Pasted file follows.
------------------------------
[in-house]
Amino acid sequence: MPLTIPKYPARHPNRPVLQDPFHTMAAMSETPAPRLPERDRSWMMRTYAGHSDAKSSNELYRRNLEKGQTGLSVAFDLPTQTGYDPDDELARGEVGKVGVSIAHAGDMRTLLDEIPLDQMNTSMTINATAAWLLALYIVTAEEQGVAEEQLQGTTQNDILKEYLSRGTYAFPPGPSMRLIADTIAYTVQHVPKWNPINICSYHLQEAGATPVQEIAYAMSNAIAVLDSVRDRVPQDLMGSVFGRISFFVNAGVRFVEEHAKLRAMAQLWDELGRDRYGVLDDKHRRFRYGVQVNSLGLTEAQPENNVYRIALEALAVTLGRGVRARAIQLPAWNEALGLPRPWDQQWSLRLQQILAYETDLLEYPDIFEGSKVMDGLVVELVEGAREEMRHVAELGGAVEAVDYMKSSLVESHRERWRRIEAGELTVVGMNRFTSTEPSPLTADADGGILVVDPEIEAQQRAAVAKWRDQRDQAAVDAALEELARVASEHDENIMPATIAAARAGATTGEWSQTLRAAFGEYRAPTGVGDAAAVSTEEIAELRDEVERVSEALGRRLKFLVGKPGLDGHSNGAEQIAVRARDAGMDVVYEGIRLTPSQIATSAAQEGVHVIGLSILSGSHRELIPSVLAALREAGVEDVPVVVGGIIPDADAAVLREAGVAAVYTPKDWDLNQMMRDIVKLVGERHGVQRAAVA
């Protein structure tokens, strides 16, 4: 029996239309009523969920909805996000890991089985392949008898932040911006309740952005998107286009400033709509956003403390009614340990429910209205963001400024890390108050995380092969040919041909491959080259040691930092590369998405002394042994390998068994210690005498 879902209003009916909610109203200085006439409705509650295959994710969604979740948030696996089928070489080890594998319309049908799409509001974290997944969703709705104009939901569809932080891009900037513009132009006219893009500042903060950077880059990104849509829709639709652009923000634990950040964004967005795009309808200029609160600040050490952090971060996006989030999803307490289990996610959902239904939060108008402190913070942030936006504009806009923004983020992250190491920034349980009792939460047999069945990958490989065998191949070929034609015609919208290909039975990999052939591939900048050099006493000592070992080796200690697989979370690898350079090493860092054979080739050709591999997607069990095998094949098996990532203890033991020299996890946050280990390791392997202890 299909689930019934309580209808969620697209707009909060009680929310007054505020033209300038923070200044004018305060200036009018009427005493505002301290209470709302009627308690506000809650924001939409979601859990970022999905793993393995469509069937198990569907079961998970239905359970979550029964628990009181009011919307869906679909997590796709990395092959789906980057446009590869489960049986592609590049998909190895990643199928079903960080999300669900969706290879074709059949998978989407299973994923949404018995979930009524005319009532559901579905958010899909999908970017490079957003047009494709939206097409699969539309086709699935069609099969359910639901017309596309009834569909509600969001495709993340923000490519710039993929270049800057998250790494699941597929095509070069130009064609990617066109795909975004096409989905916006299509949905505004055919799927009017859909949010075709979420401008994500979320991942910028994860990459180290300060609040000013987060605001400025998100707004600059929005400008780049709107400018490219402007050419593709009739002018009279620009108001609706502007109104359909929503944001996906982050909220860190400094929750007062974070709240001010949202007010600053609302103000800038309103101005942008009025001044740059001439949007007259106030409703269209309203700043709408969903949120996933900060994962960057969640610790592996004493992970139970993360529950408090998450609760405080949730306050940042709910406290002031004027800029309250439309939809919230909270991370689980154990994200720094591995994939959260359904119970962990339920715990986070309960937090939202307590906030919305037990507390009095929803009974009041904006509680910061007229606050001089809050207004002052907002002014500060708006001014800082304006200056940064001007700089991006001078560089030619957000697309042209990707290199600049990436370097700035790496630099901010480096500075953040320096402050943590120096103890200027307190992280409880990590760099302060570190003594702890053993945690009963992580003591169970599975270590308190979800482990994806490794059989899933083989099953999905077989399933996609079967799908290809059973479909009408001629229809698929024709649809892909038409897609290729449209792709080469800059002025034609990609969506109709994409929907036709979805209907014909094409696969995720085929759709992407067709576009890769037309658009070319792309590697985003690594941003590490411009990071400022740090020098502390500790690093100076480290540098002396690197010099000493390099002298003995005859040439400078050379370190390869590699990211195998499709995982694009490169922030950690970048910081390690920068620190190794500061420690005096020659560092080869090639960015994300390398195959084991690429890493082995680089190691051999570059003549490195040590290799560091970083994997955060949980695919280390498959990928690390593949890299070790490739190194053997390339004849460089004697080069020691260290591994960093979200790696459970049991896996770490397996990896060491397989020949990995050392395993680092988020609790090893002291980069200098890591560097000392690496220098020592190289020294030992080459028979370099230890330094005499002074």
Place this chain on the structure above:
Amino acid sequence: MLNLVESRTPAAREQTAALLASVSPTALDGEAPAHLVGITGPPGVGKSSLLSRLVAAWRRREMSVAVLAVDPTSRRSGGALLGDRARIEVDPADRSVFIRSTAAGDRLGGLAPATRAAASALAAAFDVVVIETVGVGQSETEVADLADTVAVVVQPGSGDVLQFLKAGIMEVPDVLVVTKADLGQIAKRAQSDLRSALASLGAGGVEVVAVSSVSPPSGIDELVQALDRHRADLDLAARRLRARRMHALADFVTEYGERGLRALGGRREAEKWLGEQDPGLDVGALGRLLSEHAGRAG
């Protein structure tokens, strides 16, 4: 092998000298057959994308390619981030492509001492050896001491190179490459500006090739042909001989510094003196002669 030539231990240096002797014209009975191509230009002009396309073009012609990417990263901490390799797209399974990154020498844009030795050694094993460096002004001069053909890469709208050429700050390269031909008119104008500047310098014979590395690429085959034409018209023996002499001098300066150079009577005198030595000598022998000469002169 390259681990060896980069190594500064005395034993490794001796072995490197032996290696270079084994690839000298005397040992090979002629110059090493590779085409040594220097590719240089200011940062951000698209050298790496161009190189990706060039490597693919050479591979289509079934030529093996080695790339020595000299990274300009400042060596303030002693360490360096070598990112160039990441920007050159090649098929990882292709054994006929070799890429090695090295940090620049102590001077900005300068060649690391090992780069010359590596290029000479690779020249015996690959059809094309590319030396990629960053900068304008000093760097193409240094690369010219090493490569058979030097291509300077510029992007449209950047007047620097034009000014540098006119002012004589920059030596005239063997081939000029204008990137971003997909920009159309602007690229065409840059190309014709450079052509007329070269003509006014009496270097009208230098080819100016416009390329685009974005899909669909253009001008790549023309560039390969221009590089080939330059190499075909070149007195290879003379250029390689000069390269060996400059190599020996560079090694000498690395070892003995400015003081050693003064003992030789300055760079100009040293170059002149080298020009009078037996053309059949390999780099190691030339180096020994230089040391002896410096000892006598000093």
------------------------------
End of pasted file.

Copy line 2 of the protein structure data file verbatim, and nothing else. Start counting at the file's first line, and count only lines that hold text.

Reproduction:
Amino acid sequence: MPLTIPKYPARHPNRPVLQDPFHTMAAMSETPAPRLPERDRSWMMRTYAGHSDAKSSNELYRRNLEKGQTGLSVAFDLPTQTGYDPDDELARGEVGKVGVSIAHAGDMRTLLDEIPLDQMNTSMTINATAAWLLALYIVTAEEQGVAEEQLQGTTQNDILKEYLSRGTYAFPPGPSMRLIADTIAYTVQHVPKWNPINICSYHLQEAGATPVQEIAYAMSNAIAVLDSVRDRVPQDLMGSVFGRISFFVNAGVRFVEEHAKLRAMAQLWDELGRDRYGVLDDKHRRFRYGVQVNSLGLTEAQPENNVYRIALEALAVTLGRGVRARAIQLPAWNEALGLPRPWDQQWSLRLQQILAYETDLLEYPDIFEGSKVMDGLVVELVEGAREEMRHVAELGGAVEAVDYMKSSLVESHRERWRRIEAGELTVVGMNRFTSTEPSPLTADADGGILVVDPEIEAQQRAAVAKWRDQRDQAAVDAALEELARVASEHDENIMPATIAAARAGATTGEWSQTLRAAFGEYRAPTGVGDAAAVSTEEIAELRDEVERVSEALGRRLKFLVGKPGLDGHSNGAEQIAVRARDAGMDVVYEGIRLTPSQIATSAAQEGVHVIGLSILSGSHRELIPSVLAALREAGVEDVPVVVGGIIPDADAAVLREAGVAAVYTPKDWDLNQMMRDIVKLVGERHGVQRAAVA